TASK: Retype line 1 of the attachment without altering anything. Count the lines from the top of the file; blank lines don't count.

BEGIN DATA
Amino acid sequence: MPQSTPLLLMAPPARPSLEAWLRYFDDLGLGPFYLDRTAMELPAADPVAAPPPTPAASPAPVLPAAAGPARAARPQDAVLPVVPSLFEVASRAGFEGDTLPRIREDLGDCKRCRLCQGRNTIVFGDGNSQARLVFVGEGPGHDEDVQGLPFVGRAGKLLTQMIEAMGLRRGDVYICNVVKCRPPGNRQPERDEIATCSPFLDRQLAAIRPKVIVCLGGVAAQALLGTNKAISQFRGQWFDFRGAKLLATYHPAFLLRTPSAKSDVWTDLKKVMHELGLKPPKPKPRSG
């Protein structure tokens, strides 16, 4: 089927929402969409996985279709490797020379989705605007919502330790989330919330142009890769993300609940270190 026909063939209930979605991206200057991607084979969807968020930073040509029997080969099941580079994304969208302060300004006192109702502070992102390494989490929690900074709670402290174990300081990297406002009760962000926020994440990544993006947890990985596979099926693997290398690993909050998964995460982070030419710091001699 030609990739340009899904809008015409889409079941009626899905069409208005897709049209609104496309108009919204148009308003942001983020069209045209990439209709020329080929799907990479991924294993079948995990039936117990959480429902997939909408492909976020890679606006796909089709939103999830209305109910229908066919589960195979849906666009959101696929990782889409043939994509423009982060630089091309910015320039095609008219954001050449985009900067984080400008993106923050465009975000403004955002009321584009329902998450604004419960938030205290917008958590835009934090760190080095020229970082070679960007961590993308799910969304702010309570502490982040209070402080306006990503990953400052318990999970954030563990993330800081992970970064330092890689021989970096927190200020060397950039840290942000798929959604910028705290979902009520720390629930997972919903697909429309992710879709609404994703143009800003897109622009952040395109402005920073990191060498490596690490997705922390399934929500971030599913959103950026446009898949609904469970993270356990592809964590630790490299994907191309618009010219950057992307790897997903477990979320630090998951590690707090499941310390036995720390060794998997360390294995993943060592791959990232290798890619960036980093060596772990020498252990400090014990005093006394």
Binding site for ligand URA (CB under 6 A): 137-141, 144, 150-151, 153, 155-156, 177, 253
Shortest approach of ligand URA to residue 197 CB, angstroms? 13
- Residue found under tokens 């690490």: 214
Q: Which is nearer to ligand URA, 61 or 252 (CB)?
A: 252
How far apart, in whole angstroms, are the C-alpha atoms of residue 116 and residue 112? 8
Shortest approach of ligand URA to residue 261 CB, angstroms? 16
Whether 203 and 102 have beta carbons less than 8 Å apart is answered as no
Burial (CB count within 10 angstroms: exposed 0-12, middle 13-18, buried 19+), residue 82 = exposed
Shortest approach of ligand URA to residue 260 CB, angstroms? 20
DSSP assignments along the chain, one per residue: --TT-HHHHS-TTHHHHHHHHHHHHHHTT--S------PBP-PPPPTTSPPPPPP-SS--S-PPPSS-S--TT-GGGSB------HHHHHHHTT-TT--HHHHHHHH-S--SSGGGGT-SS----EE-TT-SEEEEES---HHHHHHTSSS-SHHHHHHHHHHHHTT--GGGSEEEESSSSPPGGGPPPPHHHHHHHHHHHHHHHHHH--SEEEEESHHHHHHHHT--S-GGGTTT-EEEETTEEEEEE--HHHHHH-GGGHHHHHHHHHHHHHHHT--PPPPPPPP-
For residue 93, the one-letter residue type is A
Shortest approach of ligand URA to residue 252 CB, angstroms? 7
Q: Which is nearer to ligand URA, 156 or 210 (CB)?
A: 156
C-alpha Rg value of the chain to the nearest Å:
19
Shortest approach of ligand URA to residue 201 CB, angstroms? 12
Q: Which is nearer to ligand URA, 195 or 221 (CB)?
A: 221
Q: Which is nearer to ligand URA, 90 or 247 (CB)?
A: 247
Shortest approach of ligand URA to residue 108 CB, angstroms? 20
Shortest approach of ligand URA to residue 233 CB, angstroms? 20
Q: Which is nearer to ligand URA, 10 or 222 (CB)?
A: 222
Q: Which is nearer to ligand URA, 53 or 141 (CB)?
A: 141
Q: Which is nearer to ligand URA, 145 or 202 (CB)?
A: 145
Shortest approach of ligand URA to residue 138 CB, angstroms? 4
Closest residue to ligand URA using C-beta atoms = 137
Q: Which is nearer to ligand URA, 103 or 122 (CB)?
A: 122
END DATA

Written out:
Amino acid sequence: MPQSTPLLLMAPPARPSLEAWLRYFDDLGLGPFYLDRTAMELPAADPVAAPPPTPAASPAPVLPAAAGPARAARPQDAVLPVVPSLFEVASRAGFEGDTLPRIREDLGDCKRCRLCQGRNTIVFGDGNSQARLVFVGEGPGHDEDVQGLPFVGRAGKLLTQMIEAMGLRRGDVYICNVVKCRPPGNRQPERDEIATCSPFLDRQLAAIRPKVIVCLGGVAAQALLGTNKAISQFRGQWFDFRGAKLLATYHPAFLLRTPSAKSDVWTDLKKVMHELGLKPPKPKPRSG